Lorie Fowlke became the first female police officer of Santa Barbara, California, in the early 1970s. The enforcement of affirmative action gave female applicants more points during the police officer applicant process. Her first police chief thought hiring her was “some kind of joke.”
“My mother used to tell me, and I believed it, she told me I could do anything I wanted if I wanted to do it badly enough,” Fowlke said.
The example of her mother led Fowlke, 63, through a life of police work, law school and time at the Utah Legislature, as well as writing a book or two on the side and raising six children.
Fowlke learned at a young age to see change in life as a great adventure. After her father was killed in a plane crash in 1957, her mother took a job as a teacher for the Church Educational System in Tonga. After graduating from high school at age 15, Fowlke moved back to Provo to pursue her bachelor’s degree at BYU in criminal justice; but she struggled to adjust to her new life in Utah.
“I do not have words to describe the depth of the culture shock I went through coming from Tonga to Provo,” Fowlke said, smiling wryly.
Her law partner, Tom Scribner, attributes parts of Fowlke’s common sense to her time in Tonga. “That culture doesn’t value things like we do,” Scribner said. “She doesn’t really care so much about collecting trinkets.” This mentality propelled Fowlke into devoting her time toward helping others instead of looking to earn a lot of money.
Fowlke now spends a typical workday in her Orem law office as a partner specializing in family law at Scribner Fowlke, P.C. On weekends, Fowlke and her husband ride horses on some of their favorite trails in the mountains. She spends much of her time with her children. She taught each of them to chase their dreams, just as her own mother taught her.
The first female police officer in Santa Barbara, California
With her diploma in hand, Fowlke looked at a map and saw a world of possibilities. On her 21st birthday, she picked two of her favorite cities and applied to local police academies.
Fowlke received the first offer from Santa Barbara and moved there. The novelty of a female police officer meant increased scrutiny of her performance.
“The press followed me. They had scanners, and they would follow me to my calls and they would be there with their cameras set up even before I got there,” Fowlke said.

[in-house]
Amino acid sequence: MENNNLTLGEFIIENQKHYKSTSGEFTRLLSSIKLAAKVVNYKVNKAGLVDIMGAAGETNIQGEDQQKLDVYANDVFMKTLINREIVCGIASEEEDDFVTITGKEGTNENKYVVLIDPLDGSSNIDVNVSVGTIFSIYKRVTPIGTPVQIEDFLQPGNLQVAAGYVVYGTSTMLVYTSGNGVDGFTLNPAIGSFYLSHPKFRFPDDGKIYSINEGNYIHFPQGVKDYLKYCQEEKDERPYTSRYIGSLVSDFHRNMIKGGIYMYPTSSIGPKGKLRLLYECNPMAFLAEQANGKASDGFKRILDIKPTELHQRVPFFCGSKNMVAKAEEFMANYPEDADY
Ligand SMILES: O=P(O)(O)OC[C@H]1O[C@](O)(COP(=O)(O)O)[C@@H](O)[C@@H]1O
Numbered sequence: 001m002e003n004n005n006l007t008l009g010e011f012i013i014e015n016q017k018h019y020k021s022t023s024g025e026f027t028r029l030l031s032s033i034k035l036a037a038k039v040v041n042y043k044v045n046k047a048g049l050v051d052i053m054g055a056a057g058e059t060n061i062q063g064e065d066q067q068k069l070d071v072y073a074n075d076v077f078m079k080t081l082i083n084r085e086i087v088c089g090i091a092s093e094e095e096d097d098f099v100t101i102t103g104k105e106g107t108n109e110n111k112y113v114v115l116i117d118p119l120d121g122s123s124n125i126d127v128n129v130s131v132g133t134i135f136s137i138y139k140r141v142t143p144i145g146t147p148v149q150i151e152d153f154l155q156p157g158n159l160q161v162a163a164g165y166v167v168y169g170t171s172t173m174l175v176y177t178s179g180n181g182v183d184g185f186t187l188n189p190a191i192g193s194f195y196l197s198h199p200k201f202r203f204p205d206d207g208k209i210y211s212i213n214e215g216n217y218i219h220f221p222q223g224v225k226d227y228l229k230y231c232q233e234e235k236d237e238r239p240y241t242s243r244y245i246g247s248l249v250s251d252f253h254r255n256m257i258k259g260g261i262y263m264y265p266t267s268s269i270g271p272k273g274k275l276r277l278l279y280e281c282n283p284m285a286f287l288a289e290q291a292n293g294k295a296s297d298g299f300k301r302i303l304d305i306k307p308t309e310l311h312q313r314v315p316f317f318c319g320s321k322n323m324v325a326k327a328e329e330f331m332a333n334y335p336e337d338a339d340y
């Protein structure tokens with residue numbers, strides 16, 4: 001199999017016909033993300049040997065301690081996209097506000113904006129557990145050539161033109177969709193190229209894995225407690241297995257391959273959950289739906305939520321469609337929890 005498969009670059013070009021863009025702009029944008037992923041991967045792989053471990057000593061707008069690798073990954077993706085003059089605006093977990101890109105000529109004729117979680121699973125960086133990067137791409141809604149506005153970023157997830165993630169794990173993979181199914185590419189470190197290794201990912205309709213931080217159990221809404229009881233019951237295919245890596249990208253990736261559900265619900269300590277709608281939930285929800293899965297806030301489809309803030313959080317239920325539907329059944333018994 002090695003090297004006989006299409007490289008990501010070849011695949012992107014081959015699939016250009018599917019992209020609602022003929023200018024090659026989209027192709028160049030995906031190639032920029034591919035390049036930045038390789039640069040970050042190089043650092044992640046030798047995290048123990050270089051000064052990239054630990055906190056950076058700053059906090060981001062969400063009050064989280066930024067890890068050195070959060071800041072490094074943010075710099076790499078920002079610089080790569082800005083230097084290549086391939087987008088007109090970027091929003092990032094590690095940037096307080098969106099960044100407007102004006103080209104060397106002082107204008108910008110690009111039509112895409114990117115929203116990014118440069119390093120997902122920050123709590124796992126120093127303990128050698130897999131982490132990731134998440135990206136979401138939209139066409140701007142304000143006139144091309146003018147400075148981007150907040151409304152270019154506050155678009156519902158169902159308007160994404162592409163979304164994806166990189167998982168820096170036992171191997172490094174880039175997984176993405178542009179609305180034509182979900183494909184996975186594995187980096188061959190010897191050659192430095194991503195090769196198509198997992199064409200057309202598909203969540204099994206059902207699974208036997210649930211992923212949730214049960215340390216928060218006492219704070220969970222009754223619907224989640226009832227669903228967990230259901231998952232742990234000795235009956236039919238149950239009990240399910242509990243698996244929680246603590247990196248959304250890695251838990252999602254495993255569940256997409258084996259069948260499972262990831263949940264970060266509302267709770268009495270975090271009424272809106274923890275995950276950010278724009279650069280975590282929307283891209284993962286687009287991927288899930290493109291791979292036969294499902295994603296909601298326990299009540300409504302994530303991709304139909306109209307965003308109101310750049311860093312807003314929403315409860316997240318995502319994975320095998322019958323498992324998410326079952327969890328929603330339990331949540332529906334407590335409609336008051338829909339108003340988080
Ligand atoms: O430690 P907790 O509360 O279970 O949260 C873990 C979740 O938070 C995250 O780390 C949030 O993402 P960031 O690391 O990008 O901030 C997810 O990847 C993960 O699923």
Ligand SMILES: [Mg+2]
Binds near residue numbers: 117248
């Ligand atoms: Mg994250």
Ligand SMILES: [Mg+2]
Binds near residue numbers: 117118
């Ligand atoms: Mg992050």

Fowlke served on the force in Santa Barbara for several years until she realized many of the people she arrested would be on the streets the next day.
“I thought to myself, ‘Clearly the cops don’t have any power. You’re going to have to be a lawyer to make anything happen,'” she said. She began searching for law schools.
While Fowlke patrolled the streets, her future husband bumped into her mother 7,000 miles away in Jerusalem. Her mother introduced the couple, and they married 18 months later.
Law school with six children
In 1990, 37-year-old Fowlke felt that it was time for her to go to law school. She knew balancing time with her six children and her husband would be challenging but worth it. Her time as a police officer showed her she could help more people with a law degree. It took some convincing, but her husband, Will, said he knew law school would help his wife develop the many talents God expected her to develop.
“I don’t know if there’s an ideal time when you have six kids to have that experience, but looking back, it worked out,” husband Will Fowlke said.
After balancing law school and raising six children, Fowlke graduated and worked for Jeffs & Jeffs, P.C. She published a book in 2003 called “Thinking Divorce? Think Again!” to help couples to understand the complexities they could face through divorce.
The couple decided they needed to simplify their lives but that’s when the phone began to ring.
Several prominent figures of the community called and urged Fowlke to run for public office. She said they kept asking her to run because they thought she would beat the incumbent and make a good representative. Weeks later, she and her husband found themselves working to get her elected as a representative of the Utah Legislature.
“We went in with both feet; we had no idea what we were doing, and I loved it,” Fowlke said.
After beating the incumbent, Fowlke worked to improve legislation affecting family law and water rights.
“She really didn’t go in there with an agenda,” Scribner said. “She went in to use her skill set to help progress Utah in family law; she has drafted much of the statutory stuff in the last 10 years.”
Since 2010 Fowlke now spends more time being referred to as “Ama” by her grandkids, a name she coined when she felt too young to be called Grandma.
Fowlke’s commitment to follow her mother’s advice to chase her dreams still guides her decisions.
“She taught me that and that’s why I always think of her when I think of any successes I’ve had, because she never told me I couldn’t do something,” she said.
Fowlke said she looks forward to finishing writing her second book, which focuses on the importance of marriage. She plans to spend many Saturdays as “Ama” with her grandchildren. A book about her mother’s adventures may also be in her future.